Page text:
Asha’s first memory was of trying to scale the wall that separated her house from Nargis’…Nargis’ earliest recollection was of knocking on Asha’s heavy wooden door with a bowl full of fat, cool, milk-sodden rasmalai disks in her hand…
Asha, a Hindu, and Nargis, a Muslim, grow up in the village of Suhanpur, in the north west of India. As the novel begins, Indian independence is imminent and calls for the Partition of India from the newly created Pakistan, where Suhanpur sits, are gaining traction.
In the girls’ personal lives, it is marriage which appears to be imminent. Nargis’ parents are arranging her attachment to a man in the police whom she’s met once but can’t remember much about. Asha’s father, meanwhile, is twice asked for Asha’s hand, firstly by Om and then by Firoze, Nargis’ brother and the boy Asha is in love with. Asha’s father tells Firoze he must wait until Partition is complete to see whether their Hindu family can continue to live there.
Violence fanned across the land like a flame. Trouble seeped into dry, parched plains from the arid north, and the Punjabis – excitable at the best of times – found that any spur – a look, a word, a shove – was like kindling to the fire.
Suddenly, those who read, those who had access to news, learned to differentiate. People spoke of ‘those Muslims’ and ‘those Hindus’, of separatists and patriots, of a Hindustan for Hindus and a Pakistan for Muslims. They spoke of two nations, they mourned the martyred, the shaheed. Reports came in from elsewhere – always from elsewhere – of violence. Throats were slit, men were shot, houses were torched, innocents from the wrong religion ambushed, and revenge was paid in kind.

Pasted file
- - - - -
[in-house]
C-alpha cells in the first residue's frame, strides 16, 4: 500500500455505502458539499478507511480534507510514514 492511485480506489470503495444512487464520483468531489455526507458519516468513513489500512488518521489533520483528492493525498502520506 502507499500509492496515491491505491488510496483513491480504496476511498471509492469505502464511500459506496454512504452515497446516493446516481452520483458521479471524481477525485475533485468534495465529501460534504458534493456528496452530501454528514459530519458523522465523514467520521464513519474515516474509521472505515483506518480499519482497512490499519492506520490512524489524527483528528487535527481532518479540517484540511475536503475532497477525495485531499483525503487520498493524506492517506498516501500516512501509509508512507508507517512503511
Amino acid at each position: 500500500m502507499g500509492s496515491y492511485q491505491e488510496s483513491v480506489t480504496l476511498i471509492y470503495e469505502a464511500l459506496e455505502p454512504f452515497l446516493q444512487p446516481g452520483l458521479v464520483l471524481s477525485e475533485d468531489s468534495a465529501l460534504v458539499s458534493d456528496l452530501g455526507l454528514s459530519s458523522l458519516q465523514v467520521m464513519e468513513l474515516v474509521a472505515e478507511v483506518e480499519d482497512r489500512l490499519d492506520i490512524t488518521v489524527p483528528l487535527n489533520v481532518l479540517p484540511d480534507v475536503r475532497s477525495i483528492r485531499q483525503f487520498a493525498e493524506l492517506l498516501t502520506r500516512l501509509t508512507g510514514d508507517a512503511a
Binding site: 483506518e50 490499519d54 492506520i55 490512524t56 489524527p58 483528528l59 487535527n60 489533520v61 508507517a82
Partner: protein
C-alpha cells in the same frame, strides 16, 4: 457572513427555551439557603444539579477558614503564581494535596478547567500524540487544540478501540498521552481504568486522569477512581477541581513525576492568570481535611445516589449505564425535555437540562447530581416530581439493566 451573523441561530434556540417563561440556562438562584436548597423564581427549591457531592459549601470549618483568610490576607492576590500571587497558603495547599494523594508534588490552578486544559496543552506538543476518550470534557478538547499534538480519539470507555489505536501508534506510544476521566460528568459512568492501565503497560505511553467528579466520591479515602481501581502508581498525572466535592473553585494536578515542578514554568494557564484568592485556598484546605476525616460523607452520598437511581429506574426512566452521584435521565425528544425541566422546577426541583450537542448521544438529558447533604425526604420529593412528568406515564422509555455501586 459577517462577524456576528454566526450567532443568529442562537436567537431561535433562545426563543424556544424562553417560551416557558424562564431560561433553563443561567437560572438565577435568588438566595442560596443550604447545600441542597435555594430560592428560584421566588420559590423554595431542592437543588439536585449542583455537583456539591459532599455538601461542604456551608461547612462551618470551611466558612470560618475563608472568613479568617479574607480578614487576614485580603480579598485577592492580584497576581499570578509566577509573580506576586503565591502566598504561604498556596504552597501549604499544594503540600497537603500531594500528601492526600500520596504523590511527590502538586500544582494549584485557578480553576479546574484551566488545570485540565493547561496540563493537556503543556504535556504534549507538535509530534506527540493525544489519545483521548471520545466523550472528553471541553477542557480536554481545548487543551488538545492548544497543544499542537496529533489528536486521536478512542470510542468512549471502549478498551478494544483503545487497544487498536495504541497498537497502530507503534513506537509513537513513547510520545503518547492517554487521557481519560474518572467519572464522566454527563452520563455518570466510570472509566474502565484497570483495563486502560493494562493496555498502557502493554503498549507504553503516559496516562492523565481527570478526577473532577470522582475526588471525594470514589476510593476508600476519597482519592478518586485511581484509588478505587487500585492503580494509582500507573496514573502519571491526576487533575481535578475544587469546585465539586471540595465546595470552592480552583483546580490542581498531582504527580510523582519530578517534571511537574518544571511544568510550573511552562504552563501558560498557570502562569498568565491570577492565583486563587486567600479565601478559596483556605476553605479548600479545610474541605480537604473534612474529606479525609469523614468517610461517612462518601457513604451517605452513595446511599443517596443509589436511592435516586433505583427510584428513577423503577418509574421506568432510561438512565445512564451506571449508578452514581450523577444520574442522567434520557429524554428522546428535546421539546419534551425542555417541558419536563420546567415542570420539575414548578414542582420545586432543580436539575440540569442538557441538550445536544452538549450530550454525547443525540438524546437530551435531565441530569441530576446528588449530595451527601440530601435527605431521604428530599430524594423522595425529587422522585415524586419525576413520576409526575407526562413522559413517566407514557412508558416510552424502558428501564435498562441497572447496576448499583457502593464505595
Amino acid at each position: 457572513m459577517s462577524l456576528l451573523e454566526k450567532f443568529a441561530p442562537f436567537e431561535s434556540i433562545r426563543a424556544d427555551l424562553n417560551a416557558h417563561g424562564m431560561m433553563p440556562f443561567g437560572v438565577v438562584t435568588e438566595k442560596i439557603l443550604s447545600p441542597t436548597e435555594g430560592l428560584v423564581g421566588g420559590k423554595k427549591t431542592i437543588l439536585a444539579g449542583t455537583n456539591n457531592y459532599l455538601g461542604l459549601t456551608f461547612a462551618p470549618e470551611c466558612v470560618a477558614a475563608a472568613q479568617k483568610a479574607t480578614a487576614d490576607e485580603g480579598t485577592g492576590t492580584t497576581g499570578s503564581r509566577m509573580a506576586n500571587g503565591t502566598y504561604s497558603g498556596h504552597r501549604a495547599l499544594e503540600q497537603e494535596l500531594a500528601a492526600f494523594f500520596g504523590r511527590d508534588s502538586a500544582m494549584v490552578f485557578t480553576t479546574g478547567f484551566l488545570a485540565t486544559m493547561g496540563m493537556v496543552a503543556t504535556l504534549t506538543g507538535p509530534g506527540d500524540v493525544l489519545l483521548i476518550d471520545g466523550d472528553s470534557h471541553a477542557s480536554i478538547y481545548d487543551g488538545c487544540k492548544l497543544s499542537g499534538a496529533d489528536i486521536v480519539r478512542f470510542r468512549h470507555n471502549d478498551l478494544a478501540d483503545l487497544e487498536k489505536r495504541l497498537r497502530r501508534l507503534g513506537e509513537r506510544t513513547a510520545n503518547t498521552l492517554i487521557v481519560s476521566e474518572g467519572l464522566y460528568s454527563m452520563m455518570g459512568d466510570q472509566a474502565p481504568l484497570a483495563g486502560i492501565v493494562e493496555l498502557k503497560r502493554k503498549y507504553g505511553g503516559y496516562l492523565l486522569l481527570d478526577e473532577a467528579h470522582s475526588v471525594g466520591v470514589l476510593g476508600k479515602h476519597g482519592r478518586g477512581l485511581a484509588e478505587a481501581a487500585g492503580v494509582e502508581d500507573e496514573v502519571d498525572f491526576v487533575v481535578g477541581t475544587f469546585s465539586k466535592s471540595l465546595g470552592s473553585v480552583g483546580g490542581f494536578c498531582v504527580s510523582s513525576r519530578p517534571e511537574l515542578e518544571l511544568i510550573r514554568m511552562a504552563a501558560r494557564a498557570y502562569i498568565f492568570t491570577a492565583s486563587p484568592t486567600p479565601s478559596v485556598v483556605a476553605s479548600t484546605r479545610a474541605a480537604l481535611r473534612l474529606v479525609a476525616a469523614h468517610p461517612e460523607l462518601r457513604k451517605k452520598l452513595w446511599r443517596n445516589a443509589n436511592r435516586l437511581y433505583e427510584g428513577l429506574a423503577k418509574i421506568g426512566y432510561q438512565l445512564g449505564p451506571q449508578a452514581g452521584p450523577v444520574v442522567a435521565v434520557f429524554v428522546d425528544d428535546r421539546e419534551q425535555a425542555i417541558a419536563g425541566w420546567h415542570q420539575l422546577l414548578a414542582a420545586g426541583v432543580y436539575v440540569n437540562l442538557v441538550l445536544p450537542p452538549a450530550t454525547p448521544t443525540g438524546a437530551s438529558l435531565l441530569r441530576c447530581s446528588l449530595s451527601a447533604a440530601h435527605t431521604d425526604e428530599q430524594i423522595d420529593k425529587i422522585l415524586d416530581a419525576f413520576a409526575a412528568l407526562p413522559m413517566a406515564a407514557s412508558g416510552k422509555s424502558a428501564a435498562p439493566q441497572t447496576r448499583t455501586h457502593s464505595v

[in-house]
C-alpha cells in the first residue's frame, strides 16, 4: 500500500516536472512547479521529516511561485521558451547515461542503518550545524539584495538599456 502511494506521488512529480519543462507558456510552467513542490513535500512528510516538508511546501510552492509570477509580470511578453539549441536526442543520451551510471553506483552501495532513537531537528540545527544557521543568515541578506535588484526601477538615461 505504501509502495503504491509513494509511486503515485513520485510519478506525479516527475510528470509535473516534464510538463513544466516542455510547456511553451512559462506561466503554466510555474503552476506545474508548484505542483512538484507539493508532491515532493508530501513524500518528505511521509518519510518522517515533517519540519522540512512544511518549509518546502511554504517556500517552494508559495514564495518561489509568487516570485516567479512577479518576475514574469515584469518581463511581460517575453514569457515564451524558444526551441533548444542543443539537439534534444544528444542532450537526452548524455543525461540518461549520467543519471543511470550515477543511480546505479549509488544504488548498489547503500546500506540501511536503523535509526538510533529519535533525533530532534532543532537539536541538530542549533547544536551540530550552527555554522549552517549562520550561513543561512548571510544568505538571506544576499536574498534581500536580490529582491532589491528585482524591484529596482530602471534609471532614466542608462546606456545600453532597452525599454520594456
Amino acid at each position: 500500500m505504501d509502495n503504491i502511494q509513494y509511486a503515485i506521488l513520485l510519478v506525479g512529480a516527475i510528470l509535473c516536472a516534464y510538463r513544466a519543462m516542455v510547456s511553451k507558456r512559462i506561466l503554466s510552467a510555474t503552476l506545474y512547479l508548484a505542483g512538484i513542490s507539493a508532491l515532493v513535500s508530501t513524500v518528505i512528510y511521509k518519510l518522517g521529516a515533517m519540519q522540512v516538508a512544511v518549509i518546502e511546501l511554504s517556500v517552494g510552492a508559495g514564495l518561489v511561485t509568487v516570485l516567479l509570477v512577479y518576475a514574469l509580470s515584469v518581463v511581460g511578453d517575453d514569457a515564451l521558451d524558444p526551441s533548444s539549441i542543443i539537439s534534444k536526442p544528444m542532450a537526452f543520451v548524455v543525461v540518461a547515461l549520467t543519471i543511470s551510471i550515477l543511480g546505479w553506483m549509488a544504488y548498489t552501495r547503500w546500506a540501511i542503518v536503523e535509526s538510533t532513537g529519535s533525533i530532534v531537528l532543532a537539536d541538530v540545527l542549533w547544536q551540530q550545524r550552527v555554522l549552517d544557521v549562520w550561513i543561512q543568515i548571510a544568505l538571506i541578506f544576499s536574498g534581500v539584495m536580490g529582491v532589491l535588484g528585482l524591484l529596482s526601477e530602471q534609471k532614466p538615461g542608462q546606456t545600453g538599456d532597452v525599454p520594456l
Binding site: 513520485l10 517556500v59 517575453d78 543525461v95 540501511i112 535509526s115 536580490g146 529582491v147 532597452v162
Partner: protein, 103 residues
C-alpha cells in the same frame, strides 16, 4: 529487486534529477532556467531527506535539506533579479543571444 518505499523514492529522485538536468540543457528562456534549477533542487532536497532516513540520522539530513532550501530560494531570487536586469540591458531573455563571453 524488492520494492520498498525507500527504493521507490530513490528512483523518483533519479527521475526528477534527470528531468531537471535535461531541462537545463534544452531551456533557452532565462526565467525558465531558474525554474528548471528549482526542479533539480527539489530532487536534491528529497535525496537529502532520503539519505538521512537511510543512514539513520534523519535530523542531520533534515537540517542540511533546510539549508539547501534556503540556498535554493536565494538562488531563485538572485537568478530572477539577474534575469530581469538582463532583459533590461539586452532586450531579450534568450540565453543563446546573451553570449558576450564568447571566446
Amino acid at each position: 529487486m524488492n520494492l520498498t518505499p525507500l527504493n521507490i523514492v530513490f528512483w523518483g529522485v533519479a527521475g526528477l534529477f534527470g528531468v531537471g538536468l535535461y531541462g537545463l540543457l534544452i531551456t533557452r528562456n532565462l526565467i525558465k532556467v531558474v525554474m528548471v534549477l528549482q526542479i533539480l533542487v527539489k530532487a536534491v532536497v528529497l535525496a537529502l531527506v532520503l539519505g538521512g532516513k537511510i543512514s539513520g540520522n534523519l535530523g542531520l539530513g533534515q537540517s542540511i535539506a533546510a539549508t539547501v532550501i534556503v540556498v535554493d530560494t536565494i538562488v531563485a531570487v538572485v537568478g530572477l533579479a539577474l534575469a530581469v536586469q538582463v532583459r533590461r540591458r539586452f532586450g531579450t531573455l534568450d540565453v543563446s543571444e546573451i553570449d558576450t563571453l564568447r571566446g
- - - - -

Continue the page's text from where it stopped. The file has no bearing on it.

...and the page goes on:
When one of the servants becomes intent on attacking Asha, the family concede it’s time to leave. Unbeknownst to anyone, Asha is pregnant with Firoze’s child. She leaves him with no idea when they might see each other again.
The blurb on the back of the book reveals that Asha and Firoze meet again in fifty years’ time. However, there’s a whole life to be lived before then and Asha’s contains some particularly significant events and choices.
It would be easy to call Where the River Parts a romantic novel – it is, in one sense – but it’s so much more than that. It’s an examination of the choices a woman might make to survive in a world that’s hostile towards her. While the men fight, organise and do business, Asha has to work out how to make it to tomorrow. The book also considers how the choices made – by society as well as parents – affect the beliefs and actions of future generations.
Swarup’s prose is clear and precise, describing moments of romance and friendship with the same clarity as violence and fear. There were a couple of occasions where the plot veered towards coincidences that threatened to reveal the writer’s hand at work but Swarup avoided contrivance, especially at the end of the novel.
Where the River Parts is an interesting look at a woman’s life torn apart by violence and reconstructed through huge personal sacrifice. It’s violent, bloody and often shocking but a current of love runs through it, adding humanity where it seems to have been taken away. I look forward to seeing what Radhika Swarup writes next.
Thanks to Sandstone Press for the review copy.